Before you choose a dog for your family, consider the age and personality of your children. For instance, while active school-age children may love to romp with a Labrador, a toddler learning to walk might get hurt by a boisterous pup. Small dogs are best avoided for families with small children who may easily injure fragile breeds such as Yorkies or Chihuahuas. While most dogs exhibit the overall characteristics of their breed, keep in mind that each dog is an individual. Take the time to assess your prospective new pet before taking him home.
The Labrador retriever is the most popular dog breed, according to the American Kennel Club. That's no surprise, considering that labs are smart, eager to learn and friendly. Often trained as seeing-eye dogs, they're also patient and loving. Labs require plenty of exercise and love games of Frisbee. They get along well with other animals and people of all ages. You'll find that your Lab is quick to learn new tricks and will be well-behaved with some basic training.
Elegant and energetic, the vizsla originated in Hungary, where it was bred to serve as a pointer and a retriever. As a result, this breed likes to keep close to humans. Your kids will find their vizsla in whatever room they're in -- usually snuggled up at their feet. This breed has a reputation for high intelligence and typically is eager to obey. Kids who curl their noses at stinky dogs will find that the vizsla rarely smells bad.
The golden retriever is gentle, loyal and will put up with just about any behavior -- even ear-pulling -- without complaint. He's athletic and needs regular exercise, so kids can teach him to play fetch or Frisbee. He'll appreciate a splash in pretty much any body of water; his water-repellent coat was made for swimming. His long, thick coat sheds seasonally. Bath him often and give him a good brushing to keep him looking beautiful.
"Nana" from the story Peter Pan made the Newfoundland famous for being loving, protective and affectionate. A Newfie will carry kids around on her back, lie motionless while they nap snuggled against her and endure games of dress up. The Newfoundland grows to as much as 150 pounds, so she's best suited for families with spacious homes or yards. Start training your Newfie at 2 months old; you'll find that she learns quickly and is good-natured.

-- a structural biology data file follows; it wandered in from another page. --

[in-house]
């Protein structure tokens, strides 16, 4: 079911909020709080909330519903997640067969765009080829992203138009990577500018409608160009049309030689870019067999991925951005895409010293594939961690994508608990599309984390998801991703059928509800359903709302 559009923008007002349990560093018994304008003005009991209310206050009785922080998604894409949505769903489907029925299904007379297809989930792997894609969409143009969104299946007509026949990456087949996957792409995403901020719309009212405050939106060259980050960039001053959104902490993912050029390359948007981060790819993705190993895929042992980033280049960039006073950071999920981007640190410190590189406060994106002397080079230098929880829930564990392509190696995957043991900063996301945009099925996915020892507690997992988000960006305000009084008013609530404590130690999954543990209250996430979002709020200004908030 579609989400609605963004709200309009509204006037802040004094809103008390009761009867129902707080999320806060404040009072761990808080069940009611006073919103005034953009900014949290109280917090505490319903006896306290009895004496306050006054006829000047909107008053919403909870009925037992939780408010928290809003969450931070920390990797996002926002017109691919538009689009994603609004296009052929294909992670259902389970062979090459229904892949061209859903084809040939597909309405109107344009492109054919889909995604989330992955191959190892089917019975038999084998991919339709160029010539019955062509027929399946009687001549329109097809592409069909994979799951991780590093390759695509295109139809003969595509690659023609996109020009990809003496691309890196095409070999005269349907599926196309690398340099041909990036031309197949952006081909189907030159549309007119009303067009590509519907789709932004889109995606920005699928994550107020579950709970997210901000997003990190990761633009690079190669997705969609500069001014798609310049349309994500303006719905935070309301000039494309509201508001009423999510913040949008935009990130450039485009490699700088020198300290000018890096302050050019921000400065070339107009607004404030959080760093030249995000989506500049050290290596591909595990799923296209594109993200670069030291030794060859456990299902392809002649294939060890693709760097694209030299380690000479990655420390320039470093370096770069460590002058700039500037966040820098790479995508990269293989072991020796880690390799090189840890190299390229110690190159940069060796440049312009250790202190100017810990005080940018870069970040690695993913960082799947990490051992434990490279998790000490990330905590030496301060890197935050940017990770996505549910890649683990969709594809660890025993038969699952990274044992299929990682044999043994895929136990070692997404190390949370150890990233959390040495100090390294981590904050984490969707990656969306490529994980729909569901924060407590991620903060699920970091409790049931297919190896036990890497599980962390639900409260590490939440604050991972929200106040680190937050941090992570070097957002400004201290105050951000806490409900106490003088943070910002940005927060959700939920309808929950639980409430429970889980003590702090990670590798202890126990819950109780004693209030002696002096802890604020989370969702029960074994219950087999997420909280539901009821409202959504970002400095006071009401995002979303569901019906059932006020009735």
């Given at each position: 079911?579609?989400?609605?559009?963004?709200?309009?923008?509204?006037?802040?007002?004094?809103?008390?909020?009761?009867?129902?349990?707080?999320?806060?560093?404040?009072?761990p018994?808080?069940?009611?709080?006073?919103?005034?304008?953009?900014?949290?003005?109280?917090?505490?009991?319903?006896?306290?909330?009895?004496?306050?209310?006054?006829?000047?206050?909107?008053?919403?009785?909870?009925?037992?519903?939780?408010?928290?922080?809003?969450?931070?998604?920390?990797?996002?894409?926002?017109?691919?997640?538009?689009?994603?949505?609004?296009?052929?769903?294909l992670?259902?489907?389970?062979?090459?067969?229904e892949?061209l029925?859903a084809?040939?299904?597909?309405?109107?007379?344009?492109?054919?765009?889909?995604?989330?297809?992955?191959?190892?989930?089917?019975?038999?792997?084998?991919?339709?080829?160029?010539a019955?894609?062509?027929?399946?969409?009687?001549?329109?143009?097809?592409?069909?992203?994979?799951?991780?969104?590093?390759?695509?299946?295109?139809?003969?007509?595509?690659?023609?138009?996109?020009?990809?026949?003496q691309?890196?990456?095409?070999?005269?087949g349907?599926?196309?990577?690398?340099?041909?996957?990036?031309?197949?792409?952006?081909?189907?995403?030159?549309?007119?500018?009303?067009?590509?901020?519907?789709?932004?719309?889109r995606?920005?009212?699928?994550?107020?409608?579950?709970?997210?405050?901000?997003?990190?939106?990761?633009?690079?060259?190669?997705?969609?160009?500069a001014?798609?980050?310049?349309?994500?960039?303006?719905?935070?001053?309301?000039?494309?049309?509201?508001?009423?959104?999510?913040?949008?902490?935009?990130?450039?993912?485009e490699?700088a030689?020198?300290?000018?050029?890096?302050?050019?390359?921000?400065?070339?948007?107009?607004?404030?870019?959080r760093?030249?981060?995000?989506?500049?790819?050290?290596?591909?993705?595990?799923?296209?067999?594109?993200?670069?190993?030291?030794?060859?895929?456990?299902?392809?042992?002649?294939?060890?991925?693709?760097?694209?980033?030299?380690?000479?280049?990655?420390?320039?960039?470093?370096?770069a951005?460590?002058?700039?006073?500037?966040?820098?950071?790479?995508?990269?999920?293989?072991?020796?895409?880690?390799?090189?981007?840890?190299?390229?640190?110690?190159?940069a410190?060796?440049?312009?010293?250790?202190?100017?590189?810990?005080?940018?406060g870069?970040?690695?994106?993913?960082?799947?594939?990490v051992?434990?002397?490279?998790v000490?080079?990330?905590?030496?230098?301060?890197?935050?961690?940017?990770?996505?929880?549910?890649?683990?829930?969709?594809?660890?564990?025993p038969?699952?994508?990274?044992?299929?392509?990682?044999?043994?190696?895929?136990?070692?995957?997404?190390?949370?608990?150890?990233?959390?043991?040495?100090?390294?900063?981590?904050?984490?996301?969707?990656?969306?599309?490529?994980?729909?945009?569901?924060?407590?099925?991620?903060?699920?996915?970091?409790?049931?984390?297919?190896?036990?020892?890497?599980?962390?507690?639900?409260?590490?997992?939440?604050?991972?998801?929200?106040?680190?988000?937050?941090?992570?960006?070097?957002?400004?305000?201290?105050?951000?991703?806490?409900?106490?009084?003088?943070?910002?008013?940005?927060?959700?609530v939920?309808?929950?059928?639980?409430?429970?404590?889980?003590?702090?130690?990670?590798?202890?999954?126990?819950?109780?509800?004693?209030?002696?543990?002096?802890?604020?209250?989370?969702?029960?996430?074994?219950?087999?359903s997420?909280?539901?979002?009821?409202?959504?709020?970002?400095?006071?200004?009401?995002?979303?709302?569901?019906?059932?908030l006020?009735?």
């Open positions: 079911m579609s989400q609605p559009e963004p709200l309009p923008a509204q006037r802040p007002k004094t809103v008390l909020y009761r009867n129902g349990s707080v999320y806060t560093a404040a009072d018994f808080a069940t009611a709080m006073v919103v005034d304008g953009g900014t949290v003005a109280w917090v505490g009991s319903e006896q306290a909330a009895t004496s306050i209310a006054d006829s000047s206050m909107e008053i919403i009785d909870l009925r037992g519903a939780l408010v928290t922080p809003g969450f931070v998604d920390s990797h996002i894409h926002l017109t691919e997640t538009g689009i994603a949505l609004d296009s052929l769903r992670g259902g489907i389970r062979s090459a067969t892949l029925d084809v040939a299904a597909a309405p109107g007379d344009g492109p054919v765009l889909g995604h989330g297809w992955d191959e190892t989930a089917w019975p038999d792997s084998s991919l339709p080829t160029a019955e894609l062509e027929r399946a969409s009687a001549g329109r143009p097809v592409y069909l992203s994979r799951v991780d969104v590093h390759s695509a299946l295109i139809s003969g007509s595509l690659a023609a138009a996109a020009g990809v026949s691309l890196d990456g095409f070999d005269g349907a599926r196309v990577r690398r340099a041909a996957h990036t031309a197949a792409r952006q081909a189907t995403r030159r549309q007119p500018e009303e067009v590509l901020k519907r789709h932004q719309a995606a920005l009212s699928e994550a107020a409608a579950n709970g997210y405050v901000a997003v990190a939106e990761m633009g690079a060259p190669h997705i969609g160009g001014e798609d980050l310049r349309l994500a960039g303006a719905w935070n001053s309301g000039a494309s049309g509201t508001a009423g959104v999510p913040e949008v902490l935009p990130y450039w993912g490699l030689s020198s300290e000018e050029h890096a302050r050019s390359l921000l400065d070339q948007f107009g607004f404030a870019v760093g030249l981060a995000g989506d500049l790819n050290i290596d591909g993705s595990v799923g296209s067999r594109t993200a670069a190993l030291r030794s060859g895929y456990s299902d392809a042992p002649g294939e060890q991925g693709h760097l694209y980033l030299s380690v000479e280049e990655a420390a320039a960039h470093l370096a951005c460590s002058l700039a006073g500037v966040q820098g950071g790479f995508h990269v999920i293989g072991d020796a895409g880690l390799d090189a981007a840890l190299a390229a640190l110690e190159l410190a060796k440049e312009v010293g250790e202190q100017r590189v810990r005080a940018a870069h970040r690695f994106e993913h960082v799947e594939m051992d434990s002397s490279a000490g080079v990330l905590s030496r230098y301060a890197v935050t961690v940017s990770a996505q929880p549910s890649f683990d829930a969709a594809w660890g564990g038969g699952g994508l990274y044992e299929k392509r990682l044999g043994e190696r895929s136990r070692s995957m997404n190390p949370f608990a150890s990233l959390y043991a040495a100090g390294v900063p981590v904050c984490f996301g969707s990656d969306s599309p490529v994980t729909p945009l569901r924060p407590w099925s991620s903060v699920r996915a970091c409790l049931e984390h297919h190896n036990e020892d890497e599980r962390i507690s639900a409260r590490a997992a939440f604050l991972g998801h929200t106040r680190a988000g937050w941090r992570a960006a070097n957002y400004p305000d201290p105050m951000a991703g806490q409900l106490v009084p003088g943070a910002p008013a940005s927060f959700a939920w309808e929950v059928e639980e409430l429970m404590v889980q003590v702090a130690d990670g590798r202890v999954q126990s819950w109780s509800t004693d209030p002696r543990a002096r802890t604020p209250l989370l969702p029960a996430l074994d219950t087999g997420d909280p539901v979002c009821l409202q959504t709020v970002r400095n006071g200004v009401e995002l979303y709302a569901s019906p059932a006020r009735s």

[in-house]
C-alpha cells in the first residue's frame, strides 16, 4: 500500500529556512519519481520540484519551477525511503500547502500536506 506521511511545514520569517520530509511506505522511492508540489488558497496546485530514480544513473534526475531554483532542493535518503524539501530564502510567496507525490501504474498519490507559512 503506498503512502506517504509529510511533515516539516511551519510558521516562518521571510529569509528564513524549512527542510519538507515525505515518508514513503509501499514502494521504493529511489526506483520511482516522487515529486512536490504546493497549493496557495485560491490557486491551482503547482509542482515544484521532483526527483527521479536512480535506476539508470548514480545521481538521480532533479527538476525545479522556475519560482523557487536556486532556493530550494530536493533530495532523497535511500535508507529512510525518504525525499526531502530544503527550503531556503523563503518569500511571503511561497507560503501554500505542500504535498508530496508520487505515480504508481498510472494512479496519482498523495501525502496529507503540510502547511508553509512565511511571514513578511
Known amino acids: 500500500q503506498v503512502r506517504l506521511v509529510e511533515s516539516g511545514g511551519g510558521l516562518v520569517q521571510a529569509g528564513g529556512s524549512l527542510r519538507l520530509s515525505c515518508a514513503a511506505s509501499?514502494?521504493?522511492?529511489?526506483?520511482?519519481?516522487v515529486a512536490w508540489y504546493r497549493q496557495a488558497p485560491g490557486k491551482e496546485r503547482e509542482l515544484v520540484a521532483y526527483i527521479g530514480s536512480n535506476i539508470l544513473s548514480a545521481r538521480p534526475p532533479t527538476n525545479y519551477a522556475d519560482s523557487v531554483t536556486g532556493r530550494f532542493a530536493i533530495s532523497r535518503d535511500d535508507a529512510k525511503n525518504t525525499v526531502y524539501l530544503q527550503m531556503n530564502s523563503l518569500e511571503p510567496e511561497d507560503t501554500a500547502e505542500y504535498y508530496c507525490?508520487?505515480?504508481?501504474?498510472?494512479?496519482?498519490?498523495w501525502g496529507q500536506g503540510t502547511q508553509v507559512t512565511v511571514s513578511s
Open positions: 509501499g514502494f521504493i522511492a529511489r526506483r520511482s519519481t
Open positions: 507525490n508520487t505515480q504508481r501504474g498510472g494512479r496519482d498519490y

The beagle is a curious, friendly little pup. He's a scent hound and can become obsessed with tracking while outdoors, so keep him on his leash when you go for walks. Beagles grow to about 30 pounds, so they're ideal for families living in apartments. The beagle is active and enjoys regular exercise. The kids easily can groom their beagle. His short coat is low-maintenance; brush him occasionally to keep shedding at bay. His long, droopy ears should be cleaned regularly.
The Irish setter is eager to please and has lots of energy. Older children will enjoy training him and he'll love spending time with them. In fact, your Irish is best behaved when he's around his people. If your family enjoys hunting birds, he'll thrive; his breed was developed as gun dogs. He loves to sniff out and track birds, then point to their location. Spend at least an hour daily exercising your setter. Otherwise he can become bored.
The bulldog is happiest when snuggled up to his human companions for a nap. His frequent kisses are wet and slobbery. He's a good fit for a family with small children, because he's affectionate, patient and sturdy. The bulldog's limited exercise requirements make him a good companion for more sedentary families, though you'll still want to engage in daily play. If your home is located in a hot climate, consider your bulldog an indoor-only pet. His short, little snout makes him prone to overheating.
The short, sturdy pug loves his humans and wants to be around them all the time. He's eager for a snuggle and will follow the kids around the house like a sidekick. The whole family will be amused by the pug's comical antics. He loves attention The pug has a double coat that's prone to lots of shedding; ask the kids to brush him daily. Your pug is an indoor dog. Much like the bulldog, he easily overheats in hot, humid weather.
The laid-back personality of the basset hound makes him a fine companion for children of all ages. His short, little legs render him slow-moving. His patient personality allows for a limited amount of poking and prodding. The basset hound loves his people. He'll howl if left alone for long periods so busy families might consider puppy day care or a dog walker to keep him happy.
Cavalier King Charles Spaniel
The little Cavalier King Charles spaniel is a doe-eyed lap dog, but she'll also give energetic kids a run for their money in the backyard. This little pup needs a fenced area -- otherwise she might chase a squirrel down the block. She's quick to train, especially when treats are involved. Cavaliers are appreciated by families with children of napping age; they rarely bark and readily adapt to the family's activities.
- American Kennel Club: Labrador Retriever
- PetMD: Vizsla
- American Kennel Club: Golden Retriever
- American Kennel Club: Newfoundland
- American Kennel Club: Beagle
- PetMD: Irish Setter
- PetMD: Bulldog
- Animal Planet: Pug
- American Kennel Club: Basset Hound
- American Kennel Club: Cavalier King Charles Spaniel
- American Kennel Club: Best Dogs for Kids
- PetMD: The 10 Best Dogs for Kids and Families
- Animal Planet: Family Dog Breeds